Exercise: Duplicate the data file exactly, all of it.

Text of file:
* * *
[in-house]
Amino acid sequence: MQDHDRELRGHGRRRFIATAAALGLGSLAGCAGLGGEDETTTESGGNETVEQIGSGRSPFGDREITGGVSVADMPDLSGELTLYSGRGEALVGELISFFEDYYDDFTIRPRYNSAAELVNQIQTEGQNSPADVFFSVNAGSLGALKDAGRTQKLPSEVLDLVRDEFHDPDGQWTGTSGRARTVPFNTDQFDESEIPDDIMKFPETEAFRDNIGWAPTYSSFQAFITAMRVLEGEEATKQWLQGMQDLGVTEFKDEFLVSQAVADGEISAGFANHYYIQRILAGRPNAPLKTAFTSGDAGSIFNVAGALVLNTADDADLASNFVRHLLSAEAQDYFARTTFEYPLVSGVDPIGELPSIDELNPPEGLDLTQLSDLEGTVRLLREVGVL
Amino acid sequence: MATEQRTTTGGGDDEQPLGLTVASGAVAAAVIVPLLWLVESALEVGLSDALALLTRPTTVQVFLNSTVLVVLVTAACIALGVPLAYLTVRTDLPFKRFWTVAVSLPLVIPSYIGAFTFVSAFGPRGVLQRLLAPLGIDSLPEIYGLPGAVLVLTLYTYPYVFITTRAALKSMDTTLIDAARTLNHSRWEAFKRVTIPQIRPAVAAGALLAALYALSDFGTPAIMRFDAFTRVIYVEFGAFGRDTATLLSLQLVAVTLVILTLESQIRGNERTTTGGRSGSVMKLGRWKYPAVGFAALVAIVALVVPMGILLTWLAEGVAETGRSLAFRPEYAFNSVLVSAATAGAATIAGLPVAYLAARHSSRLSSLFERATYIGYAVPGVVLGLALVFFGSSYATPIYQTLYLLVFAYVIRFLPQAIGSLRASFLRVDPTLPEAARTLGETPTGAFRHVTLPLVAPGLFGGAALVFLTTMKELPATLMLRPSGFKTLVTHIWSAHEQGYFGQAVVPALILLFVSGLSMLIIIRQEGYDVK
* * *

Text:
[in-house]
Amino acid sequence: MQDHDRELRGHGRRRFIATAAALGLGSLAGCAGLGGEDETTTESGGNETVEQIGSGRSPFGDREITGGVSVADMPDLSGELTLYSGRGEALVGELISFFEDYYDDFTIRPRYNSAAELVNQIQTEGQNSPADVFFSVNAGSLGALKDAGRTQKLPSEVLDLVRDEFHDPDGQWTGTSGRARTVPFNTDQFDESEIPDDIMKFPETEAFRDNIGWAPTYSSFQAFITAMRVLEGEEATKQWLQGMQDLGVTEFKDEFLVSQAVADGEISAGFANHYYIQRILAGRPNAPLKTAFTSGDAGSIFNVAGALVLNTADDADLASNFVRHLLSAEAQDYFARTTFEYPLVSGVDPIGELPSIDELNPPEGLDLTQLSDLEGTVRLLREVGVL
Amino acid sequence: MATEQRTTTGGGDDEQPLGLTVASGAVAAAVIVPLLWLVESALEVGLSDALALLTRPTTVQVFLNSTVLVVLVTAACIALGVPLAYLTVRTDLPFKRFWTVAVSLPLVIPSYIGAFTFVSAFGPRGVLQRLLAPLGIDSLPEIYGLPGAVLVLTLYTYPYVFITTRAALKSMDTTLIDAARTLNHSRWEAFKRVTIPQIRPAVAAGALLAALYALSDFGTPAIMRFDAFTRVIYVEFGAFGRDTATLLSLQLVAVTLVILTLESQIRGNERTTTGGRSGSVMKLGRWKYPAVGFAALVAIVALVVPMGILLTWLAEGVAETGRSLAFRPEYAFNSVLVSAATAGAATIAGLPVAYLAARHSSRLSSLFERATYIGYAVPGVVLGLALVFFGSSYATPIYQTLYLLVFAYVIRFLPQAIGSLRASFLRVDPTLPEAARTLGETPTGAFRHVTLPLVAPGLFGGAALVFLTTMKELPATLMLRPSGFKTLVTHIWSAHEQGYFGQAVVPALILLFVSGLSMLIIIRQEGYDVK